The value of solids handling to the world economy.
Bulk material handling s is by far the largest international industrial activity, with over 16,000,000,000 tonnes of common products handled each year, many time from source to use. It is a mature operation, dating back more than 4,000 years, yet the development of industry and growth of population, the technology is of recent development and is far from offering the degree of reliable prediction that is readily available to designers of equipment for handling liquids and gasses. Advances were introduced from soil mechanics and Andrew Jenike made a breakthrough in hopper design and the quantification of powder flow properties in the 1960’s, but the immense backlog of established industry and limited output of engineers with education in this field, meant that the available techniques were, and are not yet, widely exploited.
Research in bulk technology is essentially focussed on specific areas and it is impossible for a single study to cover the immense range of variables that are experienced in this massive activity. It also tends to be highly sophisticated and, not surprisingly when fitting formula to specific findings, produces equations that may have limited applications.
Bulk material handling s is by far the largest international industrial activity, with over 16,000,000,000 tonnes of common products handled each year.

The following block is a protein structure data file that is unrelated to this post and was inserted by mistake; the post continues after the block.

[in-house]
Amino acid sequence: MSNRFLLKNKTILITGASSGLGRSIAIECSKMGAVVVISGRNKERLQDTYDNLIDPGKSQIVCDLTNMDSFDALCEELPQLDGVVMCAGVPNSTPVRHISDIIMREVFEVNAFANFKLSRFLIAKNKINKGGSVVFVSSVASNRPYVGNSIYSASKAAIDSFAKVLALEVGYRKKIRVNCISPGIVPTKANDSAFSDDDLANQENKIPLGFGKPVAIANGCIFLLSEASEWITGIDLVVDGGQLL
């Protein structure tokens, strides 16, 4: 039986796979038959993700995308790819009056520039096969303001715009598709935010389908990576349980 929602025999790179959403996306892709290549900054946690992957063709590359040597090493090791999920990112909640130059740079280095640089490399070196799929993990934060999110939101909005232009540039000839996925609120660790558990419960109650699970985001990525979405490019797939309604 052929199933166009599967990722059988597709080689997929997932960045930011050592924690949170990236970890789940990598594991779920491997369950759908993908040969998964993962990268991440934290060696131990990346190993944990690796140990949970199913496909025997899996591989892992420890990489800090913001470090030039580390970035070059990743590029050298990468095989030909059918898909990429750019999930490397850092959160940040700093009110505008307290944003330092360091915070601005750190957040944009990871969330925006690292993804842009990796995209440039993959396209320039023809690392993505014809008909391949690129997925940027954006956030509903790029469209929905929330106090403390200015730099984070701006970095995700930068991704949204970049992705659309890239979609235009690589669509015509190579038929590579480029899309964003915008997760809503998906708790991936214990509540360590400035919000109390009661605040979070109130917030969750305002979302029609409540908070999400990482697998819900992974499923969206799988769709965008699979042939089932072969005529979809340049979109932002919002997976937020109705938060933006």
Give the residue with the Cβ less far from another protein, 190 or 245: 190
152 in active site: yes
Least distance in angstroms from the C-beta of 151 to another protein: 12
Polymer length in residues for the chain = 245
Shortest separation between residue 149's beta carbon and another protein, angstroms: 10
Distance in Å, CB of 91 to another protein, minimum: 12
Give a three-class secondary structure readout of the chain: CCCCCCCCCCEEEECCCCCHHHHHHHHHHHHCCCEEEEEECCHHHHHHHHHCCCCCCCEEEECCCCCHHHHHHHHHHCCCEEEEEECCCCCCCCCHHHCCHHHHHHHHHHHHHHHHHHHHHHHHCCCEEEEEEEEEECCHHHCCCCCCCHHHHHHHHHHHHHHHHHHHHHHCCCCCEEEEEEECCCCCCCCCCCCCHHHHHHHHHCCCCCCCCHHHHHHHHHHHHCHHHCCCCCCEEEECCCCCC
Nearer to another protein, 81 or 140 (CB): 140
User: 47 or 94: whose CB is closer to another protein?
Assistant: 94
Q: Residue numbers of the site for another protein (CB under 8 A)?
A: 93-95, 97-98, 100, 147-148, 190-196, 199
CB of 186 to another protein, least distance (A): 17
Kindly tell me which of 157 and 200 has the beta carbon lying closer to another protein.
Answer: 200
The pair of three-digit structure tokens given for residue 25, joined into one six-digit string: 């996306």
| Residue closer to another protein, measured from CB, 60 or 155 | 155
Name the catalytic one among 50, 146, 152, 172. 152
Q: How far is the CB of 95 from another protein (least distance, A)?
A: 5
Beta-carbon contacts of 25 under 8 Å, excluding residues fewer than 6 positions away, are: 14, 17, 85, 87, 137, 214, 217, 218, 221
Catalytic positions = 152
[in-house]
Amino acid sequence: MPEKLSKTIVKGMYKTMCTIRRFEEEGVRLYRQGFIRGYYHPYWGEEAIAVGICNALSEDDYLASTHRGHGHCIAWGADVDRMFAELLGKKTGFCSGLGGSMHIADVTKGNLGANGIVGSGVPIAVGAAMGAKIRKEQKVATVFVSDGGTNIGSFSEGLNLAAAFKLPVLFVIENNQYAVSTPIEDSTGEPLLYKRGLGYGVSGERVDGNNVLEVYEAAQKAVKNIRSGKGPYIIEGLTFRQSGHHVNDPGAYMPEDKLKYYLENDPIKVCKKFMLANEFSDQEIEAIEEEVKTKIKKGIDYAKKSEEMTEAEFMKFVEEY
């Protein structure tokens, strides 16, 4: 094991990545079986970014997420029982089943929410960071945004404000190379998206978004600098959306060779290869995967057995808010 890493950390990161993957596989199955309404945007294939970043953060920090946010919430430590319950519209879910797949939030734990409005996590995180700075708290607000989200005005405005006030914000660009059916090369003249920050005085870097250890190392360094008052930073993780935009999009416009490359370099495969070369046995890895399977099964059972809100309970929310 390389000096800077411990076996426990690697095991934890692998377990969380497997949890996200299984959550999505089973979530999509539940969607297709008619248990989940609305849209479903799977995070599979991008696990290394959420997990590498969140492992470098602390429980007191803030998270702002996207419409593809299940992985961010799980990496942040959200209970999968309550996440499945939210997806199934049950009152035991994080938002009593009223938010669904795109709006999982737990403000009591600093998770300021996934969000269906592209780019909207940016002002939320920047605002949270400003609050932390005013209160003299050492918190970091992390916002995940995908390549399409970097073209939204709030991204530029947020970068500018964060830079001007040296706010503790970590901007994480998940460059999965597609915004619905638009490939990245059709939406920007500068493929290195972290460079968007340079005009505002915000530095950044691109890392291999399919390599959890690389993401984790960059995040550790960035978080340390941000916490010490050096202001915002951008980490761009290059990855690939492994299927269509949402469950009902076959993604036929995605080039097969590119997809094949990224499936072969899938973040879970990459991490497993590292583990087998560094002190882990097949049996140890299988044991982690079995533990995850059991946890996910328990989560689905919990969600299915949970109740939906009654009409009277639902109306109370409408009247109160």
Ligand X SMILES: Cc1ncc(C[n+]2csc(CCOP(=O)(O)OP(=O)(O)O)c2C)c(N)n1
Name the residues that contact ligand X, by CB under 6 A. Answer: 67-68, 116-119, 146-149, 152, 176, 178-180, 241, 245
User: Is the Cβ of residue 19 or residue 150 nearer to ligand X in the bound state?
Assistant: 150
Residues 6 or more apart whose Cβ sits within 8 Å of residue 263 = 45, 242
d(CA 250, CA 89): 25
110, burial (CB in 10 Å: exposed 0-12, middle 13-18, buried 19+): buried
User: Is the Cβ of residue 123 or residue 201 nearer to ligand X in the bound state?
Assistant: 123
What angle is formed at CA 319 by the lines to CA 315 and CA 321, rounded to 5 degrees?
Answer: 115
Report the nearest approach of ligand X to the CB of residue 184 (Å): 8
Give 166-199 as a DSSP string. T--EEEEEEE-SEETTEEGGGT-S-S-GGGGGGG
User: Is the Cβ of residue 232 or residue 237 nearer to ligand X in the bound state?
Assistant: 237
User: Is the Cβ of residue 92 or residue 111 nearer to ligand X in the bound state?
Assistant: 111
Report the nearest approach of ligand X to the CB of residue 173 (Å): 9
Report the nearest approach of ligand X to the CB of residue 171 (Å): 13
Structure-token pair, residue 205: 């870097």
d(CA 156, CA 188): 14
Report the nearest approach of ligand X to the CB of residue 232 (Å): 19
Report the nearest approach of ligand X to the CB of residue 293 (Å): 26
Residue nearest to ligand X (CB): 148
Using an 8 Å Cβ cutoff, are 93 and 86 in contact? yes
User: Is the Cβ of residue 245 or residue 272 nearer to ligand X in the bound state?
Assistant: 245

The massive industrial need is for widespread, relatively low-level education in the basics of the science, so that decisions can be made that recognise the importance of measured property values where they significantly influence the performance of equipment and processes.
Areas such as understanding flow regimes that develop during discharge from storage, mechanisms causing different fractions of a material to segregate in a flow route and the significance of particle packing to flow condition should be clear to anyone involved in bulk handling systems. This level of appreciation is well below that offered by Universities or International Conferences and is not satisfied by the take-up of excellent courses on the subject that are available through specialist organisations, such as the Wolfson Centre, based on the University of Greenwich. The internet now provides a vehicle of immense potential for distance learning, but it is also inundated with junk, commercial interests and sources of dubious authority. The technical Committee of SHAPA publish a series of guide notes and the web site bulk-online.com and powderandbulk.com have forums that discusses practical aspects.
See BMHB publication – ‘The Global status of bulk materials handling’CONTACT US
BMHB promotes good and safe practices and identify practical handling needs throughout the industry. We also identify areas for research and produce documents, guide notes and data. Read More
The British Materials Handling Board was formed by the Government in 1979. A key objective was to act as a focus for the dissemination of knowledge and good practice in the materials handling industry. Read More
Hopper design was virtually a black art until the 1960’s, when Andrew Jenike published Bull 123 of the University of Utah experimental station. Read More
This page contains links to some of our most popular guidance publications we have produced. Please feel free to order our test and design guides and share them with your colleagues. Read More